If you are anything like my friends, you probably decided to spend last Thursday drinking instead of going to Toad’s to see Addison Groove Project. And judging from the thin crowd, you did. Who needs culture when you’re wasted?
Well, it’s really too bad, because these six boys from Massachusetts really know how to play their instruments. For two hours, Toad’s was filled with funky saxophone licks, smooth organs, and one killer lead guitar.
The songs all had titles, but it didn’t matter because they were elongated by improvisations, and really the concert was just one long song with pauses in it — which has its pros and cons. On the pro side, it really put these guys’ virtuosity on the front stage. Brendan McGinn had a rock ‘n’ roll style of lead guitar that rivals Elvin Bishop’s. He wailed on his axe like it was a toy he’d been playing with since he was born — and none of those psychedelic scales Phish and Phriends are so phond of. (I’m sorry. I can’t help it.) Dave Adams and Ben Groppe played their alto and tenor saxes in perfect harmony with each other, switching off for solos that rival those of the ’60s funk bands the group is clearly spawned from. The drum and bass didn’t miss a beat, and Rob Marscher filled out the band’s sound with airy keys.
But then of course there is the problem that the audience ends up listening to a two-hour song. Dancing is great, but somehow I feel like AGP is better than just a band you dance to. And for those not dancing, certain themes ended up sounding repetitive. So basically people end up chatting, drinking at a table and using the band as background music. Which is fine — in the framework of their show, they were awesome background music. And even if the band is completely happy with its following — some fans were VERY into them — I just think that the band is selling itself short.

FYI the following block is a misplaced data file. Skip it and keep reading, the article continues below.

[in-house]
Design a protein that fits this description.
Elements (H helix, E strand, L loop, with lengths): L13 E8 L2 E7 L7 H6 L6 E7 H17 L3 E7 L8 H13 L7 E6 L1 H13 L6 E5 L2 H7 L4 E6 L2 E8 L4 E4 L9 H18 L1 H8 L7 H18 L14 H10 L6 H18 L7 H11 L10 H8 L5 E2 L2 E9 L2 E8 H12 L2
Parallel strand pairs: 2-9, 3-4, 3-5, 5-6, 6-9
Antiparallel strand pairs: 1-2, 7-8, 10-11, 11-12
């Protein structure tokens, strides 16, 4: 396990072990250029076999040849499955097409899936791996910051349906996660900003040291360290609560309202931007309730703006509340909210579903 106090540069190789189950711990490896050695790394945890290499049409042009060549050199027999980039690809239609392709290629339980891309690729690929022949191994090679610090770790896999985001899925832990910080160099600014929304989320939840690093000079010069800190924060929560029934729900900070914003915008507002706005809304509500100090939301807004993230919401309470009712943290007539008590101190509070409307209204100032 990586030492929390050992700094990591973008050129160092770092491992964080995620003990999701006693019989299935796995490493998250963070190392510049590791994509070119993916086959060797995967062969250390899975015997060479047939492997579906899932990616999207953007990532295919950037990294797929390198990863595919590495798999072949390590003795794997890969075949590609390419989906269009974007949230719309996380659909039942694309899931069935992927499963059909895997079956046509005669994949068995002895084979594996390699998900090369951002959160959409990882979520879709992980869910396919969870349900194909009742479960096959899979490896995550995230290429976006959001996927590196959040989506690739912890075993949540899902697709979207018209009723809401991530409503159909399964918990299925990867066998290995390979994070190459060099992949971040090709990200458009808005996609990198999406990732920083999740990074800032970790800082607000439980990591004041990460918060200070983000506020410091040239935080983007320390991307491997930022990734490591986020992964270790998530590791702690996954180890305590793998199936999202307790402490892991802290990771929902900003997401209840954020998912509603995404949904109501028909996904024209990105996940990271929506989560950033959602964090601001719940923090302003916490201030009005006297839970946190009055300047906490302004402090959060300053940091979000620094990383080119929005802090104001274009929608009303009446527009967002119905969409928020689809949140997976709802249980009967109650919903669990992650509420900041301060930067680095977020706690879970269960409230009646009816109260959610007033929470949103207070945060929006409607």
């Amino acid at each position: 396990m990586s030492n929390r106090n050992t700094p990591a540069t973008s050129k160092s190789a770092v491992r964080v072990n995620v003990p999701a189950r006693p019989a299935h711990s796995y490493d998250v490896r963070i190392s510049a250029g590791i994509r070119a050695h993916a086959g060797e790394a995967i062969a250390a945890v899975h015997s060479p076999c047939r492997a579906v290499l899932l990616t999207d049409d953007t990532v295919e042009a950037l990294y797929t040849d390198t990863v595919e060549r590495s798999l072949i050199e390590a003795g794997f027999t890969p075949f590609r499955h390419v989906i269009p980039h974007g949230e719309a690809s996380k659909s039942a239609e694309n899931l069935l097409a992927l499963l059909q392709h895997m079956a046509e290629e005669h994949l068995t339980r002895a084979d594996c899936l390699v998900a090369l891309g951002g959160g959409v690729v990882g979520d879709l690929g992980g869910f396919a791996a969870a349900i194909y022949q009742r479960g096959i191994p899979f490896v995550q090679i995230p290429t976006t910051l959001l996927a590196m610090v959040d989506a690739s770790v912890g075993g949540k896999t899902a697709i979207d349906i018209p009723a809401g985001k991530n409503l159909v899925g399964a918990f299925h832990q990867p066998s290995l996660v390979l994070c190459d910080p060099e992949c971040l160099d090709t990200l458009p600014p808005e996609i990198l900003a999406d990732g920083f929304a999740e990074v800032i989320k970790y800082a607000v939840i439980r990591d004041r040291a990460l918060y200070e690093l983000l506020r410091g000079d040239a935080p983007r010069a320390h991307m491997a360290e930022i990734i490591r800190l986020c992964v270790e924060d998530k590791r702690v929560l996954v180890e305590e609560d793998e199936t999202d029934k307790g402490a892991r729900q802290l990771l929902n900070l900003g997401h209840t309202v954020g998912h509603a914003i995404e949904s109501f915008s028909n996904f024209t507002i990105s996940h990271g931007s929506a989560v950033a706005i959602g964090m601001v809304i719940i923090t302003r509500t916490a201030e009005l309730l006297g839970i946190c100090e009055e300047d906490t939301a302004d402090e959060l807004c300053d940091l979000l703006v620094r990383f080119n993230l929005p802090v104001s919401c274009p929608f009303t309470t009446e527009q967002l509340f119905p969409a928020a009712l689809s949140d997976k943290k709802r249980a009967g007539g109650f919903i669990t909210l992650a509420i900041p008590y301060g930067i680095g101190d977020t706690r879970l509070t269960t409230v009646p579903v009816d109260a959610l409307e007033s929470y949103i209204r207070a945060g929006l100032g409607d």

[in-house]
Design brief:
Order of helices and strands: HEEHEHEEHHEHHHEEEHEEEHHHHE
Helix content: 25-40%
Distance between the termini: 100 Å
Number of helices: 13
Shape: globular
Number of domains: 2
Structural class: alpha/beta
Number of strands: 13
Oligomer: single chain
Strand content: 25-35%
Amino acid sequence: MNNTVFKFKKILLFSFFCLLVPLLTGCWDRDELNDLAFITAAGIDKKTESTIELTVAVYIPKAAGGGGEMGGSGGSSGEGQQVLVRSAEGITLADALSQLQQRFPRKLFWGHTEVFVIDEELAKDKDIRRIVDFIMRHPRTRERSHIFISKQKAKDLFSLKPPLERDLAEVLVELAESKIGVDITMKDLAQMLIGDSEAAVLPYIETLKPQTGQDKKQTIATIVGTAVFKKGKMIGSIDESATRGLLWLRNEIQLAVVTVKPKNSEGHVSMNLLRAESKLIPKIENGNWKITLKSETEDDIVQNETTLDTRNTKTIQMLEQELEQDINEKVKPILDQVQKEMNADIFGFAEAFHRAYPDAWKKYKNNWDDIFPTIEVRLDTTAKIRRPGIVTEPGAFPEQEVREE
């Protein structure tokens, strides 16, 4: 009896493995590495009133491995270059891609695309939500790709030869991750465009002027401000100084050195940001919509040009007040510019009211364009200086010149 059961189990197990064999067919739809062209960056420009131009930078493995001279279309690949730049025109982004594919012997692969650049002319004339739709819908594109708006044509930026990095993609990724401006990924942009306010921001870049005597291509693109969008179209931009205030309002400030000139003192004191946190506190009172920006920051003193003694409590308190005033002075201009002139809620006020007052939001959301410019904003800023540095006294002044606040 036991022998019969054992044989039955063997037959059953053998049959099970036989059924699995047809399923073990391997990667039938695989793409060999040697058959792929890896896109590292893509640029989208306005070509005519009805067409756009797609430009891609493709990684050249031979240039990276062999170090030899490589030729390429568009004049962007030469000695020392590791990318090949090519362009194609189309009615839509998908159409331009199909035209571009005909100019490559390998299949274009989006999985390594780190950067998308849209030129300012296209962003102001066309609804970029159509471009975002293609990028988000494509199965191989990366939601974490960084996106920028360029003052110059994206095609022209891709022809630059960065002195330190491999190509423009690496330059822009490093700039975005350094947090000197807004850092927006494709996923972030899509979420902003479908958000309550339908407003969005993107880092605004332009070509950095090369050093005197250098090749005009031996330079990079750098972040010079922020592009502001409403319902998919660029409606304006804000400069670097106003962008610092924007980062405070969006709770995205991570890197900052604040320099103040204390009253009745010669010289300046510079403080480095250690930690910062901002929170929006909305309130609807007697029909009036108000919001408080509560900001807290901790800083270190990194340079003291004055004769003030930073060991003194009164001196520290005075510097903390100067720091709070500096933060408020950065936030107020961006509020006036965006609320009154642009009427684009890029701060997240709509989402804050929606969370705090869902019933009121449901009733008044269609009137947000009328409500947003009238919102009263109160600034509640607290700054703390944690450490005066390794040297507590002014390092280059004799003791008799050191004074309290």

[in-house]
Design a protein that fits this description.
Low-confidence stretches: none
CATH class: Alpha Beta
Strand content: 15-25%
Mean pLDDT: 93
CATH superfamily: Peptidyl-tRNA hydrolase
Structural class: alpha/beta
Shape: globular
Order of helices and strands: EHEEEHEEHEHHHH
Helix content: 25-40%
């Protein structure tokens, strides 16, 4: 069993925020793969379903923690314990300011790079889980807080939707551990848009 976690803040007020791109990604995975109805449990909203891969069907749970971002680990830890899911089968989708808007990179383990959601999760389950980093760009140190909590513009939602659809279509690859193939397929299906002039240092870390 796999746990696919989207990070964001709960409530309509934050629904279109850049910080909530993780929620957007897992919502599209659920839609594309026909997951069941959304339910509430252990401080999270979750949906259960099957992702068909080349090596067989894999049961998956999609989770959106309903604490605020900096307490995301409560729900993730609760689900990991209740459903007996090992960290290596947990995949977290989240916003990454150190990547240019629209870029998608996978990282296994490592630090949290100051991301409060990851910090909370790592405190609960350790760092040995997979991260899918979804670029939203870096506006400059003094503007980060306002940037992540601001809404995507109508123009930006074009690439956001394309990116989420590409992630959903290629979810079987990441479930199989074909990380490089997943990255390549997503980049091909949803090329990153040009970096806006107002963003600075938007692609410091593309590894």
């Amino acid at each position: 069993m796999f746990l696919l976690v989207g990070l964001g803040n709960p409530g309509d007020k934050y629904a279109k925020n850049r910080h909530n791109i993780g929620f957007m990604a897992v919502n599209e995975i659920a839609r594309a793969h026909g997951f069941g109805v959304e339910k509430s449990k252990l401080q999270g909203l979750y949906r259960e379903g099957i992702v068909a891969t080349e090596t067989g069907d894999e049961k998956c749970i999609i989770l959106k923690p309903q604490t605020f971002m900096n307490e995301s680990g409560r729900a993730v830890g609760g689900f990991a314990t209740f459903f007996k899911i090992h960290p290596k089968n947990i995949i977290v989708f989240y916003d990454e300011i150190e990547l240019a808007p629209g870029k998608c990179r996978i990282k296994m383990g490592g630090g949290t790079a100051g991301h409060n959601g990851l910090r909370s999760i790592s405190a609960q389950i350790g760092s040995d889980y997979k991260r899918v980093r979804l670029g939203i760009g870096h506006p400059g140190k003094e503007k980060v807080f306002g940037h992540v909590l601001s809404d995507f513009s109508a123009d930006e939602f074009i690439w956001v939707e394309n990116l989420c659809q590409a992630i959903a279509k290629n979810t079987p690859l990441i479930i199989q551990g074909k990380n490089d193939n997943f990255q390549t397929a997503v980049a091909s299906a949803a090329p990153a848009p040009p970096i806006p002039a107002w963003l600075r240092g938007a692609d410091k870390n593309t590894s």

Of course it may not be the band’s fault. If the group puts out good music, that’s what really matters. Maybe it’s the scene’s fault. Everyone has to have a hemp necklace, some sort of relic off Garcia’s body, and a Phish T-shirt. Any group that improvises is immediately thrown into the pen with all the other ones and adulated by high school weekend stoners as the next great “jamband.” But that crowd doesn’t fit the crowd of people who go to jazz joints or James Brown concerts. So why is AGP, a group more influenced by the latter groups, subjected to the same criterion as moe. or Leftover Salmon?
As a critic, I realize I am probably more responsible for such categorizations than anyone else, but at least I am conscious of this fact. If AGP did not have the following it had, it probably would be broke. But the following it does have gives it the stigma of a garage band, not a really good jazz band. Not that they are necessarily a jazz band, but they certainly are not a garage band. In the end maybe it just doesn’t matter. I ended up listening to their music sitting at a table with some friends. Had they been in a garage, I would have done the same; had they been at Birdland, I would have done the same. But I am one person —
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